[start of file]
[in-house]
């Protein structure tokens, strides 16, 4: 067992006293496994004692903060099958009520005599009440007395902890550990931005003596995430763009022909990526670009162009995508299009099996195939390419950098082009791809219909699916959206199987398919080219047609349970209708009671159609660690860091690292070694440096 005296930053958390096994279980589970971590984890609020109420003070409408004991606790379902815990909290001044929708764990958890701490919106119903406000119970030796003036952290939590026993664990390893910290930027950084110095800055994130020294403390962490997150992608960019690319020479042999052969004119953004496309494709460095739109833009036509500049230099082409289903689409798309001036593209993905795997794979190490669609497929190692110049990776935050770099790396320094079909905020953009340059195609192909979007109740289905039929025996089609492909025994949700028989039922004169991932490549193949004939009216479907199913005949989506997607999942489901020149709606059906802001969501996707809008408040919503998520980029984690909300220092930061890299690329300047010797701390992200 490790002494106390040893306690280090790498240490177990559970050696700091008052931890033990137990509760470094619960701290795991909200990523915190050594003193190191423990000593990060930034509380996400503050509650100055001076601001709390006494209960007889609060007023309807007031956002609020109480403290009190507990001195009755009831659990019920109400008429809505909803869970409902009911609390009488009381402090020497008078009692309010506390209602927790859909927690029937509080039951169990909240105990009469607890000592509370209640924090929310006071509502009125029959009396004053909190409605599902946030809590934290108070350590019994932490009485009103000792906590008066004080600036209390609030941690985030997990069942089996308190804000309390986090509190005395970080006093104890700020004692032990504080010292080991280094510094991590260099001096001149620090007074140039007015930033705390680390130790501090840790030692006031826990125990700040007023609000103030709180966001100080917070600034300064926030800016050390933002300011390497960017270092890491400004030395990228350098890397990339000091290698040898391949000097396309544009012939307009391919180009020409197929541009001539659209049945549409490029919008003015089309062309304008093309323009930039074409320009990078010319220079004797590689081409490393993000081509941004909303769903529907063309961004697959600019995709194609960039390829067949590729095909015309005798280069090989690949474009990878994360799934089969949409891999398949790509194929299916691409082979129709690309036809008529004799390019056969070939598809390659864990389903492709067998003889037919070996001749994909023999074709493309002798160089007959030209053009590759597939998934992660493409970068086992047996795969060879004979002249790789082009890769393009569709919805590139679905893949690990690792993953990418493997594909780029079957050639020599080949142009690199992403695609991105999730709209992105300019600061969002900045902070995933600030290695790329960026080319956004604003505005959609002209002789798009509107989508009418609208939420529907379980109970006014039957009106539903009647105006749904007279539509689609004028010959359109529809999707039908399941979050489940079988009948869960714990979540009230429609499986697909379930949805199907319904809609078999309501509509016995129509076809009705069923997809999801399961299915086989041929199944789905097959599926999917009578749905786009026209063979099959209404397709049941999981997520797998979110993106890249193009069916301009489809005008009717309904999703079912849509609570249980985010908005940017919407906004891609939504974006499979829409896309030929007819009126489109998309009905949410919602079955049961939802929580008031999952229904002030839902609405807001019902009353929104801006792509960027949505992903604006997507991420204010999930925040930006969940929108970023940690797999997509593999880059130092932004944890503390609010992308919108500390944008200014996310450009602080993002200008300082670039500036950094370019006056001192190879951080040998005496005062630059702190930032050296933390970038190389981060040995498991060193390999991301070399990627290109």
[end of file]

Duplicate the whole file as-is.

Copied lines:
[in-house]
């Protein structure tokens, strides 16, 4: 067992006293496994004692903060099958009520005599009440007395902890550990931005003596995430763009022909990526670009162009995508299009099996195939390419950098082009791809219909699916959206199987398919080219047609349970209708009671159609660690860091690292070694440096 005296930053958390096994279980589970971590984890609020109420003070409408004991606790379902815990909290001044929708764990958890701490919106119903406000119970030796003036952290939590026993664990390893910290930027950084110095800055994130020294403390962490997150992608960019690319020479042999052969004119953004496309494709460095739109833009036509500049230099082409289903689409798309001036593209993905795997794979190490669609497929190692110049990776935050770099790396320094079909905020953009340059195609192909979007109740289905039929025996089609492909025994949700028989039922004169991932490549193949004939009216479907199913005949989506997607999942489901020149709606059906802001969501996707809008408040919503998520980029984690909300220092930061890299690329300047010797701390992200 490790002494106390040893306690280090790498240490177990559970050696700091008052931890033990137990509760470094619960701290795991909200990523915190050594003193190191423990000593990060930034509380996400503050509650100055001076601001709390006494209960007889609060007023309807007031956002609020109480403290009190507990001195009755009831659990019920109400008429809505909803869970409902009911609390009488009381402090020497008078009692309010506390209602927790859909927690029937509080039951169990909240105990009469607890000592509370209640924090929310006071509502009125029959009396004053909190409605599902946030809590934290108070350590019994932490009485009103000792906590008066004080600036209390609030941690985030997990069942089996308190804000309390986090509190005395970080006093104890700020004692032990504080010292080991280094510094991590260099001096001149620090007074140039007015930033705390680390130790501090840790030692006031826990125990700040007023609000103030709180966001100080917070600034300064926030800016050390933002300011390497960017270092890491400004030395990228350098890397990339000091290698040898391949000097396309544009012939307009391919180009020409197929541009001539659209049945549409490029919008003015089309062309304008093309323009930039074409320009990078010319220079004797590689081409490393993000081509941004909303769903529907063309961004697959600019995709194609960039390829067949590729095909015309005798280069090989690949474009990878994360799934089969949409891999398949790509194929299916691409082979129709690309036809008529004799390019056969070939598809390659864990389903492709067998003889037919070996001749994909023999074709493309002798160089007959030209053009590759597939998934992660493409970068086992047996795969060879004979002249790789082009890769393009569709919805590139679905893949690990690792993953990418493997594909780029079957050639020599080949142009690199992403695609991105999730709209992105300019600061969002900045902070995933600030290695790329960026080319956004604003505005959609002209002789798009509107989508009418609208939420529907379980109970006014039957009106539903009647105006749904007279539509689609004028010959359109529809999707039908399941979050489940079988009948869960714990979540009230429609499986697909379930949805199907319904809609078999309501509509016995129509076809009705069923997809999801399961299915086989041929199944789905097959599926999917009578749905786009026209063979099959209404397709049941999981997520797998979110993106890249193009069916301009489809005008009717309904999703079912849509609570249980985010908005940017919407906004891609939504974006499979829409896309030929007819009126489109998309009905949410919602079955049961939802929580008031999952229904002030839902609405807001019902009353929104801006792509960027949505992903604006997507991420204010999930925040930006969940929108970023940690797999997509593999880059130092932004944890503390609010992308919108500390944008200014996310450009602080993002200008300082670039500036950094370019006056001192190879951080040998005496005062630059702190930032050296933390970038190389981060040995498991060193390999991301070399990627290109």